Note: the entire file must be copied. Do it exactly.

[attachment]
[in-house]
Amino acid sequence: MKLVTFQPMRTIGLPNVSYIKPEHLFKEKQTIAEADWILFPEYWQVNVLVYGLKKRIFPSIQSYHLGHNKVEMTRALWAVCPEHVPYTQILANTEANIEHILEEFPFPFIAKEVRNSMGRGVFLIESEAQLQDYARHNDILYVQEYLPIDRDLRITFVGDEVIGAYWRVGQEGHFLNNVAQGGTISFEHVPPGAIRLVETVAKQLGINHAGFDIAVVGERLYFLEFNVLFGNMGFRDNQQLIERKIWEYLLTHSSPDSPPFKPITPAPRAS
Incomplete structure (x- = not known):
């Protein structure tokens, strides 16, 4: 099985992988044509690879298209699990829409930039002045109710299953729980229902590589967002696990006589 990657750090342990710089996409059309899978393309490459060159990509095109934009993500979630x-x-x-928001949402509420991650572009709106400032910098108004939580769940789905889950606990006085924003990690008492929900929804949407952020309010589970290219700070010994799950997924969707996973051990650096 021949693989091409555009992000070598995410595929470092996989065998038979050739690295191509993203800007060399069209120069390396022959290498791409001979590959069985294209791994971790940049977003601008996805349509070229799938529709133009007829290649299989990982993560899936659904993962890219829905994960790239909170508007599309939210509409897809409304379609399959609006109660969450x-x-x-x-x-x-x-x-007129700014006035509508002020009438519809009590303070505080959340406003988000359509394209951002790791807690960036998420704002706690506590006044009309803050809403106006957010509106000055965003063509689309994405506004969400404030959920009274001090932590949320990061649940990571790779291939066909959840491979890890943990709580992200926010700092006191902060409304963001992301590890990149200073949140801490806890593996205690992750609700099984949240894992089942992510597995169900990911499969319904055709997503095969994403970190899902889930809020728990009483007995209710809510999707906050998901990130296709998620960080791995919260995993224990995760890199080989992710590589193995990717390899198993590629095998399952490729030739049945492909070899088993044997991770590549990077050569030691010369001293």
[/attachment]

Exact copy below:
[in-house]
Amino acid sequence: MKLVTFQPMRTIGLPNVSYIKPEHLFKEKQTIAEADWILFPEYWQVNVLVYGLKKRIFPSIQSYHLGHNKVEMTRALWAVCPEHVPYTQILANTEANIEHILEEFPFPFIAKEVRNSMGRGVFLIESEAQLQDYARHNDILYVQEYLPIDRDLRITFVGDEVIGAYWRVGQEGHFLNNVAQGGTISFEHVPPGAIRLVETVAKQLGINHAGFDIAVVGERLYFLEFNVLFGNMGFRDNQQLIERKIWEYLLTHSSPDSPPFKPITPAPRAS
Incomplete structure (x- = not known):
């Protein structure tokens, strides 16, 4: 099985992988044509690879298209699990829409930039002045109710299953729980229902590589967002696990006589 990657750090342990710089996409059309899978393309490459060159990509095109934009993500979630x-x-x-928001949402509420991650572009709106400032910098108004939580769940789905889950606990006085924003990690008492929900929804949407952020309010589970290219700070010994799950997924969707996973051990650096 021949693989091409555009992000070598995410595929470092996989065998038979050739690295191509993203800007060399069209120069390396022959290498791409001979590959069985294209791994971790940049977003601008996805349509070229799938529709133009007829290649299989990982993560899936659904993962890219829905994960790239909170508007599309939210509409897809409304379609399959609006109660969450x-x-x-x-x-x-x-x-007129700014006035509508002020009438519809009590303070505080959340406003988000359509394209951002790791807690960036998420704002706690506590006044009309803050809403106006957010509106000055965003063509689309994405506004969400404030959920009274001090932590949320990061649940990571790779291939066909959840491979890890943990709580992200926010700092006191902060409304963001992301590890990149200073949140801490806890593996205690992750609700099984949240894992089942992510597995169900990911499969319904055709997503095969994403970190899902889930809020728990009483007995209710809510999707906050998901990130296709998620960080791995919260995993224990995760890199080989992710590589193995990717390899198993590629095998399952490729030739049945492909070899088993044997991770590549990077050569030691010369001293």